Does 5SOS' Album Really Sound Good AND Feel Good?

We go track by track for a test of the senses.

All this week, we've been gearing up for 5 Seconds Of Summer to drop their second album, Sounds Good Feels Good. We've looked at everything from the band's newest anthemic lyrics, the SGFG-inspired ink worn by their devoted fans, the reasons why they started writing about deeper stuff, and, of course, the fifty shades of Michael Clifford's hair.

But what we haven't done is ask one very important question: Do all 14 songs both sound good and feel good? Or do some sound good but feel just OK, and vice versa? Which songs sound better than they feel? This what we're here to find out.

A quick note before we start: We're listening to the standard edition here, which consists of 14 songs. So, let's get to it!


The Breakdown: 5SOS shared this album-opening track back in September, but it's nice to hear it front and center on SGFG. There's no better way to kick off a sophomore album than with a surging group chant of "TAKE MY MONEY" over a pounding drum rhythm and the crunchiest guitars that slap your ears awake. That momentum lasts for the song's entire three-minute run, making it a hell of a rush.

Sounds Good/Feels Good: Both.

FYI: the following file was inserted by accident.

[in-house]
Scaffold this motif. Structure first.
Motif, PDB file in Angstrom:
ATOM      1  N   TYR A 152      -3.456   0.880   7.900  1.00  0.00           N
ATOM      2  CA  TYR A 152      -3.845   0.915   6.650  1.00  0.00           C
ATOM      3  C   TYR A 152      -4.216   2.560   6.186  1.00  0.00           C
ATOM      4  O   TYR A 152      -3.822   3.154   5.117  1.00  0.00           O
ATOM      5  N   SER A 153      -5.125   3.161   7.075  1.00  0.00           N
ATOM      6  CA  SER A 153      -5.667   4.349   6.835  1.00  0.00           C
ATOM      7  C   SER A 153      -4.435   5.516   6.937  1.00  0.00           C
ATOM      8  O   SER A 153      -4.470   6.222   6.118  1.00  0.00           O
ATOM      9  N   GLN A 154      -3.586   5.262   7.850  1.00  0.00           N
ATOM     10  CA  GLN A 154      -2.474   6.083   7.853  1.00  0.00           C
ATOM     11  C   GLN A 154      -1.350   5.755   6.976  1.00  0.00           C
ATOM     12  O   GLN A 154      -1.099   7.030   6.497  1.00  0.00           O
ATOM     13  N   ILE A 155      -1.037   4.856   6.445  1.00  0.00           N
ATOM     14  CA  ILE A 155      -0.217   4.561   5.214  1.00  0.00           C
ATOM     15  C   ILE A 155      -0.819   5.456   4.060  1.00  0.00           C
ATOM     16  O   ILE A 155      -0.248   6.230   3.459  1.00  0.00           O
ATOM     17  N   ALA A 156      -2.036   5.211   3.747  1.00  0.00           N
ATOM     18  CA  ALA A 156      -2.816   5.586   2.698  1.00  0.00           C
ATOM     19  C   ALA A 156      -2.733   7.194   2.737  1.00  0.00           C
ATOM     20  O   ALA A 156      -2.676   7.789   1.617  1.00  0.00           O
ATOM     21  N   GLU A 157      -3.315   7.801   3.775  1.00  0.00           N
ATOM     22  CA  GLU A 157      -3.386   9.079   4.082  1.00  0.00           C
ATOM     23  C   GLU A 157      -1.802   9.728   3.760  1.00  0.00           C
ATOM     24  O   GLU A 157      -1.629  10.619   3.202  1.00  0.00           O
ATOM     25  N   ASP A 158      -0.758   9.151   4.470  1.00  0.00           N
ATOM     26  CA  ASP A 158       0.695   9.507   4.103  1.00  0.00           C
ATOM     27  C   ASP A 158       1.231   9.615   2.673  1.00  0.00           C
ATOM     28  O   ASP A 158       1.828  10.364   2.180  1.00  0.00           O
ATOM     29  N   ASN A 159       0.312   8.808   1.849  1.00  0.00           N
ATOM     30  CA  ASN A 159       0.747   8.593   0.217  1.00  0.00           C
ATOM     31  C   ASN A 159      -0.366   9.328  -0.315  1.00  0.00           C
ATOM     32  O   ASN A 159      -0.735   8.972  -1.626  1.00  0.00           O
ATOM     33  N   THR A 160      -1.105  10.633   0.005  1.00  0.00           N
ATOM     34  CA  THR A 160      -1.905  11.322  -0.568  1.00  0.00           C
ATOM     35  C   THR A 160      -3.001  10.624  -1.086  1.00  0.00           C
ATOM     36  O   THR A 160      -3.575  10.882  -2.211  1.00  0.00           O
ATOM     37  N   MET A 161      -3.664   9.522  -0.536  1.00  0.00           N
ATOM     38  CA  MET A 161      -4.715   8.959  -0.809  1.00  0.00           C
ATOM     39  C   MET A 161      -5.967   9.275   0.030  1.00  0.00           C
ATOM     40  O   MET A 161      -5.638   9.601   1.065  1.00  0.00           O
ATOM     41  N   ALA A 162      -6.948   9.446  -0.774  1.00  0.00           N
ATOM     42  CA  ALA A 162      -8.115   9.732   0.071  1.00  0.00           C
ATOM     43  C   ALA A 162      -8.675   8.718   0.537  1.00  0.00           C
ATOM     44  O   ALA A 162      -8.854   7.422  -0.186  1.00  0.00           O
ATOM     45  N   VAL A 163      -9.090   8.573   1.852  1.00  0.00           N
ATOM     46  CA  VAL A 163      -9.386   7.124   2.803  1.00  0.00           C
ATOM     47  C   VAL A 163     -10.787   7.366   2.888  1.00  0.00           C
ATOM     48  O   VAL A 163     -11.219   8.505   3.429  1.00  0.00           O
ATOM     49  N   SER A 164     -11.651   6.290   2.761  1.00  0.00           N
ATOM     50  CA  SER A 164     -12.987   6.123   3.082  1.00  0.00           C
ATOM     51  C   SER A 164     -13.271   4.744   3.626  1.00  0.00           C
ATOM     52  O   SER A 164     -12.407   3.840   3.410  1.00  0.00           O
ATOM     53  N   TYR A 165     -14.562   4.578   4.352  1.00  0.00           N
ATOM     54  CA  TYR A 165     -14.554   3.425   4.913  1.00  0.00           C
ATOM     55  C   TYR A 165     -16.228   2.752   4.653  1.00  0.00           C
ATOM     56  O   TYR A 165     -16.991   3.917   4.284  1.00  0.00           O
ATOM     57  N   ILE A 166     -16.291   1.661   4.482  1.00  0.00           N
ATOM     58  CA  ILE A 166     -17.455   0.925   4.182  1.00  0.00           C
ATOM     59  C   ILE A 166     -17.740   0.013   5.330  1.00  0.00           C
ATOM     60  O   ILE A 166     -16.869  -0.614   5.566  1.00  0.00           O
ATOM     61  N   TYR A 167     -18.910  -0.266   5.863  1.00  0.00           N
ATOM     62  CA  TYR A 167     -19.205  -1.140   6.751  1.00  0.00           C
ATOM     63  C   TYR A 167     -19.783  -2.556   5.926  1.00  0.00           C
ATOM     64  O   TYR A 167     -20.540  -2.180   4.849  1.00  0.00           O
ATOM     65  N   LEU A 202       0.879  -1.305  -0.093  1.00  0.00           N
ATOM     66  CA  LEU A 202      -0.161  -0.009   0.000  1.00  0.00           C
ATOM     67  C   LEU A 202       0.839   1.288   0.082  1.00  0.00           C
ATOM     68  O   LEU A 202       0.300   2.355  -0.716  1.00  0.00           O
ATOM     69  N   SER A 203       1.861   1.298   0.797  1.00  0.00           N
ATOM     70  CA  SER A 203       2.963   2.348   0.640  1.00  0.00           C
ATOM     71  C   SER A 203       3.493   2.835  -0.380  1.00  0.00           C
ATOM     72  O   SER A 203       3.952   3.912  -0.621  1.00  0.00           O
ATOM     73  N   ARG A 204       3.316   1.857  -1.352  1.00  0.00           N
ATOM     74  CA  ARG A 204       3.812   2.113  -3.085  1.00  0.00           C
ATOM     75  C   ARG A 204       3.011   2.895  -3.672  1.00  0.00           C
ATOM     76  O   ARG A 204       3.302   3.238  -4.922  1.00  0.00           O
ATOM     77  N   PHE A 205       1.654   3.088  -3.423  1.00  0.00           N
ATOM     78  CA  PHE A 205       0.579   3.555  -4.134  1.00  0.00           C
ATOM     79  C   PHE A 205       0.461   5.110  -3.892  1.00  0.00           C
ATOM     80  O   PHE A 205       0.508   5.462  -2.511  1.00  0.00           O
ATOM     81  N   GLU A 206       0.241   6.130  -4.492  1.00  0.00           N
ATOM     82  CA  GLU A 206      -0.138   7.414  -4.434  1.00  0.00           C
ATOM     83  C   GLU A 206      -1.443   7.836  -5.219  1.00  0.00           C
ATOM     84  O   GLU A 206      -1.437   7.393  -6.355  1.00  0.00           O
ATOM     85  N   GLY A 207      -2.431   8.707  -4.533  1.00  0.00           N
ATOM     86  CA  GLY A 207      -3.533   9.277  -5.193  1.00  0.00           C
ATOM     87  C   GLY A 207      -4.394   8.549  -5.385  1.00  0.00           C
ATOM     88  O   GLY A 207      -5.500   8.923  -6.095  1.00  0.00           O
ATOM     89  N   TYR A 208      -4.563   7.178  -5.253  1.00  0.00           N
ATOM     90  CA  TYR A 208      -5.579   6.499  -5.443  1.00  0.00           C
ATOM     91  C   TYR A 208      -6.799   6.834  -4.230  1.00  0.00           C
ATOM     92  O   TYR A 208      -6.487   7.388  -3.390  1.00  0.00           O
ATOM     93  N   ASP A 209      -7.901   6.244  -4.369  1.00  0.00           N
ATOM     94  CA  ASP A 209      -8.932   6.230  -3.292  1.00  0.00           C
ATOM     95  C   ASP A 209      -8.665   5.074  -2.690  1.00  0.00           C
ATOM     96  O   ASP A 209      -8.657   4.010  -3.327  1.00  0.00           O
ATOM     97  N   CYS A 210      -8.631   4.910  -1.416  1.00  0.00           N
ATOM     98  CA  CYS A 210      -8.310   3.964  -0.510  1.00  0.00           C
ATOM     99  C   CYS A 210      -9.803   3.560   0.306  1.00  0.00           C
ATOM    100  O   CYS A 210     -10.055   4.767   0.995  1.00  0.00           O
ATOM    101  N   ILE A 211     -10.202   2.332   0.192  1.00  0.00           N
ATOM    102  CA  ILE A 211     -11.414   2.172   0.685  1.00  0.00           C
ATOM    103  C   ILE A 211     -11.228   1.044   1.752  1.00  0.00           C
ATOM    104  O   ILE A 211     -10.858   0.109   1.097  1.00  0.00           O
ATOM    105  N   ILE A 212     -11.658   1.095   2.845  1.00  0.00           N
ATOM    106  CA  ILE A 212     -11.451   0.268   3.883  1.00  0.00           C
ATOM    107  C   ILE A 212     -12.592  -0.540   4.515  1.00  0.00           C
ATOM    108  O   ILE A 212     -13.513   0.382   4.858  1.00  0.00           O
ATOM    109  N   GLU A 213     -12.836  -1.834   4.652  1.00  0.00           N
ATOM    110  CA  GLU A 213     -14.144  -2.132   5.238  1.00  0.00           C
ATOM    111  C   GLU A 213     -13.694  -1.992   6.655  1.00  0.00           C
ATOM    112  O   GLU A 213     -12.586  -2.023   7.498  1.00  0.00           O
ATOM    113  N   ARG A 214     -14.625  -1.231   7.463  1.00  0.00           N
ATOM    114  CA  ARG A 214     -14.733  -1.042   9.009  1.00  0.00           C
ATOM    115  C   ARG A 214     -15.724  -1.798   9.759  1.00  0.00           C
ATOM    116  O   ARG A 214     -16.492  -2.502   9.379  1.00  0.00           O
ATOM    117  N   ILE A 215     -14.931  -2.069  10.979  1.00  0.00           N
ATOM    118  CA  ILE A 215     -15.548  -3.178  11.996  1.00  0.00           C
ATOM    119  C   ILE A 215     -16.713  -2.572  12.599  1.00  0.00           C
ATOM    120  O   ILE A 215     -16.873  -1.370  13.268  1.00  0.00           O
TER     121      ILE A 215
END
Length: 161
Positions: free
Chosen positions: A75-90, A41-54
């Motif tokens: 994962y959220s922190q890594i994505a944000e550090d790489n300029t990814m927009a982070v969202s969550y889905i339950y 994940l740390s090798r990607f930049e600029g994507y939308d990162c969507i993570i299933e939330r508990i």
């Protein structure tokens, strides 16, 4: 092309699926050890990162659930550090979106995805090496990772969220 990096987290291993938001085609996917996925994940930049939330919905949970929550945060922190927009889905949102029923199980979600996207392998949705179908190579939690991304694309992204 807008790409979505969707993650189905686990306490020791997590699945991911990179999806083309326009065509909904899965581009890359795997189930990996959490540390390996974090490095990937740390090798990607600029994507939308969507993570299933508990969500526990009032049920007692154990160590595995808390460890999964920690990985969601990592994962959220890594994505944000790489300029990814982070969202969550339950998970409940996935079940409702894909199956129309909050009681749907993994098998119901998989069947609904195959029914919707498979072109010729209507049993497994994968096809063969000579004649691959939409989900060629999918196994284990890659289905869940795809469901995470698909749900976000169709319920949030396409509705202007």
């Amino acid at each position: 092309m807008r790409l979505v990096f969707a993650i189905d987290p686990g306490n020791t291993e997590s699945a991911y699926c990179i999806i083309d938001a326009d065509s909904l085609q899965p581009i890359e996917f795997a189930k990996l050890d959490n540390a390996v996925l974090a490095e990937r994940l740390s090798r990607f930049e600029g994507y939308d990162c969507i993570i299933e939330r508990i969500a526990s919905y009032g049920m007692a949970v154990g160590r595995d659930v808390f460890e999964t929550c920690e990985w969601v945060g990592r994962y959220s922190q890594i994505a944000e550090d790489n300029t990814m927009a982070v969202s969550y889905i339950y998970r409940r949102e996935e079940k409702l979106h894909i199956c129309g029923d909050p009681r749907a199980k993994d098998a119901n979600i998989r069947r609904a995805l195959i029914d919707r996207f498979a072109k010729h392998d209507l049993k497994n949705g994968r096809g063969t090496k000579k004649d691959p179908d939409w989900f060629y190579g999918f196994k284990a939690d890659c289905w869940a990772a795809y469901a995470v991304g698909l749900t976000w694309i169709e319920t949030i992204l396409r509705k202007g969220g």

"She’s Kinda Hot"

The Breakdown: Our very, very first taste of what SGFG would sound like, "She's Kinda Hot" dropped back in July, so it's easy to give into the temptation that it's somehow less exciting than all the brand-new stuff on the album. But that's not even remotely true. This is the anthem of the New Broken Scene! It's literally all the feels.

Sounds Good/Feels Good: Feels really good.

"Hey Everybody!"

The Breakdown: Somehow even catchier than the song that comes before it, "Hey Everybody!" doesn't back down, but it's also not quite the kind of massive, loud song 5SOS does well elsewhere on the album (though its chorus is extremely blast-worthy). This is all about the layering and sequences of f--king ridiculously hooky melodies that don't leave your head for hours.

Sounds Good/Feels Good: Sounds good.

"Permanent Vacation"

The Breakdown: An escapist daydream? Maybe. A bold declaration that 5SOS is "the voice of the new generation"? Absolutely. That's what makes this Dookie-era Green Day throwback pop-punk song a perfect blend of both sound and feels.

Sounds Good/Feels Good: Both.

"Jet Black Heart"

The Breakdown: Michael's favorite song on the album and definitely one of the most relatable, "Jet Black Heart" is case in point for how 5SOS has evolved to the point of writing "real sh-t" these days. "I've got a jet black heart / And there's a hurricane underneath it / Trying to keep us apart" -- damn, dude.

Sounds Good/Feels Good: Feels good. Feels real.

"Catch Fire"

The Breakdown: Cool piano riff intro. Catchy drum breaks. On-point vocal melodies. If "Catch Fire" isn't a single soon -- or even, like, a non-official single that still gets a lot of airplay because of how good it is -- I'll be actually hurt.